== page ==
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Hiker rescued on Isle Royale from locator beam
A signal sent to a satellite by a hiker from a remote part of a Lake Superior island lead to a rescue that took just 30 minutes. Mike Simonson reports.
A high-tech device sparked a U.S./Canadian search and rescue on Isle Royale yesterday.
The distress signal was picked up in Ontario around 3 p.m., set off from a remote area of Isle Royale National Park. Coast Guard Petty Officer Chris Yaw says an injured woman activated her Personal Locator Beacon after breaking her leg during a hike.
“Once these things go off, they’re picked up by the satellite and transmit pretty much your exact location within a couple of feet.”
A Canadian Coast Guard vessel was dispatched from Thunder Bay while a Dolphin helicopter responded from Traverse City, Michigan. Yaw says the rescue crafts are equipped with beacon locators.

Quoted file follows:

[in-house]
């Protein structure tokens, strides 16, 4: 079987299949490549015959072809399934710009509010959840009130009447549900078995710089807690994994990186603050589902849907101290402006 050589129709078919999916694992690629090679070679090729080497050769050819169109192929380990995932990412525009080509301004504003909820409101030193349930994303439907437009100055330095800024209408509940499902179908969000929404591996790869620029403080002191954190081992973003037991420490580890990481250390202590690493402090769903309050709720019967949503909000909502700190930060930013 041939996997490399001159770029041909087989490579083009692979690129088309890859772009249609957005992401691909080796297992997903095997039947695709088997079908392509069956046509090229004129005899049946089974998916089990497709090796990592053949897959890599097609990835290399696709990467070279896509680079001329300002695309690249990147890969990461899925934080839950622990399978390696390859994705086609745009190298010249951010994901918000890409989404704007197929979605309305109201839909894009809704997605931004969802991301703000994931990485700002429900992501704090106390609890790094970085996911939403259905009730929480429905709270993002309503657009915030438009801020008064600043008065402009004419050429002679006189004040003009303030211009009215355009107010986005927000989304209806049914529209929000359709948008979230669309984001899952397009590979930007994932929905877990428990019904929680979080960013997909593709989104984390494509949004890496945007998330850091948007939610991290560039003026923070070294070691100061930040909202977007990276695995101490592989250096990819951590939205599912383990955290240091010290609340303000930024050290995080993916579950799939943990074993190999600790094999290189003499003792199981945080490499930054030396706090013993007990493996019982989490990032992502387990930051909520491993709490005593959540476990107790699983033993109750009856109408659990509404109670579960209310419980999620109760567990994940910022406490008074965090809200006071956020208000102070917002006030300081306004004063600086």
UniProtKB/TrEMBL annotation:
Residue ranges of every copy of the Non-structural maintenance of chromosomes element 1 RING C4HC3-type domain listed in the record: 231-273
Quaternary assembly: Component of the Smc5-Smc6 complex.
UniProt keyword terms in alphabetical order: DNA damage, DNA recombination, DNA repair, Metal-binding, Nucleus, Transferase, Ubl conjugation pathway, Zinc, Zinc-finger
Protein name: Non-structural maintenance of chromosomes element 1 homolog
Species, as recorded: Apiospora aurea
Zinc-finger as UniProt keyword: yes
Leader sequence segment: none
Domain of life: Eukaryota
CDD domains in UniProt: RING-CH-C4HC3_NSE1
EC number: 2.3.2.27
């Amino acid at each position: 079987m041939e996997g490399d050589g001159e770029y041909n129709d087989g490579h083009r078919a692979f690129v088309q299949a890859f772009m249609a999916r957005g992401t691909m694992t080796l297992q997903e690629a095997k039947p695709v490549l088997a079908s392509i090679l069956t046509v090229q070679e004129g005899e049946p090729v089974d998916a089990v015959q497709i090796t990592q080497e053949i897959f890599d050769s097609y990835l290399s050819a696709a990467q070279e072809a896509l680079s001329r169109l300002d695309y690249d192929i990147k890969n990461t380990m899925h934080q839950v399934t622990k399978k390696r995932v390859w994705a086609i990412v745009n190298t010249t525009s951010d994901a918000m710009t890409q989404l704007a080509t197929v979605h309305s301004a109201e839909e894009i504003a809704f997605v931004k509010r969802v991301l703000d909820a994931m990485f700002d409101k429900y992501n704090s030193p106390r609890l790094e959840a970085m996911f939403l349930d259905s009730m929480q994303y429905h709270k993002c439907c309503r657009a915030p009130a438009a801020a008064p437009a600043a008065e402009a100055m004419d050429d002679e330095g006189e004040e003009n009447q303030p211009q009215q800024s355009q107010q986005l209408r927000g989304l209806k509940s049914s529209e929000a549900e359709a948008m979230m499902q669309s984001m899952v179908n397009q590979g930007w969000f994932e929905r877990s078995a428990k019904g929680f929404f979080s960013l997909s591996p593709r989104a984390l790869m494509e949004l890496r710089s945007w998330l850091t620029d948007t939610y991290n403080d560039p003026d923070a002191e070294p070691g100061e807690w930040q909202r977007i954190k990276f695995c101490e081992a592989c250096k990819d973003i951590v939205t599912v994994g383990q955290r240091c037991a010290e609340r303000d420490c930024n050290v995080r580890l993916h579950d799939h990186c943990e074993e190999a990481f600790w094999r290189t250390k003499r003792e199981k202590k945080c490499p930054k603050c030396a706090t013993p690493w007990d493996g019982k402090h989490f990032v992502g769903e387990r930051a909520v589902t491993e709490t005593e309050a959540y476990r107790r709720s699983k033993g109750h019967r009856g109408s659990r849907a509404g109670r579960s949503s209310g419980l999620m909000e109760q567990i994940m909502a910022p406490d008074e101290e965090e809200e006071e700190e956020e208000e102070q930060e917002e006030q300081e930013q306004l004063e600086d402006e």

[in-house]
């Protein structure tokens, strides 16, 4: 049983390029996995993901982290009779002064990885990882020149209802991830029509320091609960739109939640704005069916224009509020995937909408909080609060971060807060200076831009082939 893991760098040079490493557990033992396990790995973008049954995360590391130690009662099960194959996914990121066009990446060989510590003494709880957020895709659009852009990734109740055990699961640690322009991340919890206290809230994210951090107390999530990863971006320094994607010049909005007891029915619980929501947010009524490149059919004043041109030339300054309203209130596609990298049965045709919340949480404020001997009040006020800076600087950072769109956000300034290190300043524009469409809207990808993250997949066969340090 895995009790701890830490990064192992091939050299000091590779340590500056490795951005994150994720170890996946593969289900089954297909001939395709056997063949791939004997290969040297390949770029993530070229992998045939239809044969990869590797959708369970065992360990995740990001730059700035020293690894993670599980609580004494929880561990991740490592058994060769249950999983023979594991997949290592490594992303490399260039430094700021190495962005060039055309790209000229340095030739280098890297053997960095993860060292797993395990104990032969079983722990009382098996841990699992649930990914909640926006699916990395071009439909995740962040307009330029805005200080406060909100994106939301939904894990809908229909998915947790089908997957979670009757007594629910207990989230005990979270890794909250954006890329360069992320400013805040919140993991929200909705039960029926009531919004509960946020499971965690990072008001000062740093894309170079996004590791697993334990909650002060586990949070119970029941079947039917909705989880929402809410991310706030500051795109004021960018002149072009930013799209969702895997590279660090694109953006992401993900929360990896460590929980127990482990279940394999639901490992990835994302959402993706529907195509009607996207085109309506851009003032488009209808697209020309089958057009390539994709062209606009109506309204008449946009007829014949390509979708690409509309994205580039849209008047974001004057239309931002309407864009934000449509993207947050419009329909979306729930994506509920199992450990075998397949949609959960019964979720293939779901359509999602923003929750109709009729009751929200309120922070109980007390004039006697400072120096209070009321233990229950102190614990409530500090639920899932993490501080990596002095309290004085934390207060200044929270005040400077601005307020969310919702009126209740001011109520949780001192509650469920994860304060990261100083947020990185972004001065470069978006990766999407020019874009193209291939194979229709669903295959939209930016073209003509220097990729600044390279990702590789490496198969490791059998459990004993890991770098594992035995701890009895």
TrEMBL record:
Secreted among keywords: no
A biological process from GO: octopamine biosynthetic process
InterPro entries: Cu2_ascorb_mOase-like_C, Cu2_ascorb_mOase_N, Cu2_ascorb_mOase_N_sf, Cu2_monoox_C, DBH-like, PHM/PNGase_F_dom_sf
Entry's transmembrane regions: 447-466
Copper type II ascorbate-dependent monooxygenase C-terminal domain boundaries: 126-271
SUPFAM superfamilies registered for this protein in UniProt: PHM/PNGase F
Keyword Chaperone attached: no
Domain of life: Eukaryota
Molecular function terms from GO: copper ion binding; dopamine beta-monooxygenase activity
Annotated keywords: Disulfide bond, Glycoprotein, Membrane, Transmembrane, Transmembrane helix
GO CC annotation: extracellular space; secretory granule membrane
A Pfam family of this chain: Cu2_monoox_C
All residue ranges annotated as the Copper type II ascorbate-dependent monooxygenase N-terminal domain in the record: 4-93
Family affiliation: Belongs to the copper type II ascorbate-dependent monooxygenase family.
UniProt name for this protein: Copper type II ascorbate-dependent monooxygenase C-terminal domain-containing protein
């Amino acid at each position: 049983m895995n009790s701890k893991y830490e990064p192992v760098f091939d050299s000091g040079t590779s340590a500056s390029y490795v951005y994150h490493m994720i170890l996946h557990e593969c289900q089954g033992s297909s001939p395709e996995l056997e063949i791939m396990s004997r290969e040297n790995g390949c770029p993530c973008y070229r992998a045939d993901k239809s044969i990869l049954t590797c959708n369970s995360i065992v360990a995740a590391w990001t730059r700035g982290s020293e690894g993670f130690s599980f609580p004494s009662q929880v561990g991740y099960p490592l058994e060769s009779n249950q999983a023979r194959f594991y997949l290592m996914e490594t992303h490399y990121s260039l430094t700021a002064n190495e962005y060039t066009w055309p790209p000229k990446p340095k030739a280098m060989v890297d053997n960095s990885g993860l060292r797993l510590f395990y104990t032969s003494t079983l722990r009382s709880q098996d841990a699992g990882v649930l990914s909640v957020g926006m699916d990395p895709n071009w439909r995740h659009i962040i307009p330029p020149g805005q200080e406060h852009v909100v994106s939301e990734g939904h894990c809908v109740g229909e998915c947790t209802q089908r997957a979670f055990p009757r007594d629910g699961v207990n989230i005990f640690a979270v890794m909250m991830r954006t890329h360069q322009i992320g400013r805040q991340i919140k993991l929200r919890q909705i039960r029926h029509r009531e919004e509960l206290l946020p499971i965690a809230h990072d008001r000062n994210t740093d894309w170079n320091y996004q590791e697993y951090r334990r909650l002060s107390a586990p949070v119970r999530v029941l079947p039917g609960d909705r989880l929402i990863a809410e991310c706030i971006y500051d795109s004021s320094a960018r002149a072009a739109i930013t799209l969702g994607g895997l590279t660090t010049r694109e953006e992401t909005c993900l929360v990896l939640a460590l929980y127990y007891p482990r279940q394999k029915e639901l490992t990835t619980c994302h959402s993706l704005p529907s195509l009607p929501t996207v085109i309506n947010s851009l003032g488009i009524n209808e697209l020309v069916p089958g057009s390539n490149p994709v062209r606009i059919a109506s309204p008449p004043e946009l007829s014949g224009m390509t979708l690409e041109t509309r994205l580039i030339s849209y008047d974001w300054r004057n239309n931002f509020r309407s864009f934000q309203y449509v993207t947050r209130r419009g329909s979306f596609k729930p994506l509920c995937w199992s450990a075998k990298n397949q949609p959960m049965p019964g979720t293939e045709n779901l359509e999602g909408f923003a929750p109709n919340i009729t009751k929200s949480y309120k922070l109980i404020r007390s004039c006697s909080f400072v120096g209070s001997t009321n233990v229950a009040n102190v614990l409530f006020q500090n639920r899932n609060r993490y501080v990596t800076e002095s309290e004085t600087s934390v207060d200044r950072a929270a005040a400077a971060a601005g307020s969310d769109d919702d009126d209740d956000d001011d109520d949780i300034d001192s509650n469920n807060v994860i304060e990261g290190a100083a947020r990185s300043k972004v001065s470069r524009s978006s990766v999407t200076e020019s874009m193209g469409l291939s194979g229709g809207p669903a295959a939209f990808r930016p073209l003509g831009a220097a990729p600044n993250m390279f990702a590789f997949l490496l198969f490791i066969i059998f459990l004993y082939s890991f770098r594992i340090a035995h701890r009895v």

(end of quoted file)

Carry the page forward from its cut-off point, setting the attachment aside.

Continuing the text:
“Once we lock on to those, we know right where you’re at so it’s just the transit time to get out to you. So honestly, it essentially takes the search out of search and rescue.”
So, what could have taken hours to rescue the 55 year-old woman, took just 30 minutes.
“And that’s one of the things. I mean, without that, we might not even have known she was in distress. And that would have depended on if she told someone where she was going and even if she did, we probably wouldn’t have known until someone would have called and reported her missing.”
Yaw says this technology is still rare among hikers and kayakers, possibly because they cost about $150.
“Definitely worth something when it comes down to saving your life to have this device.”
The woman was airlifted to a hospital in Houghton, Michigan.
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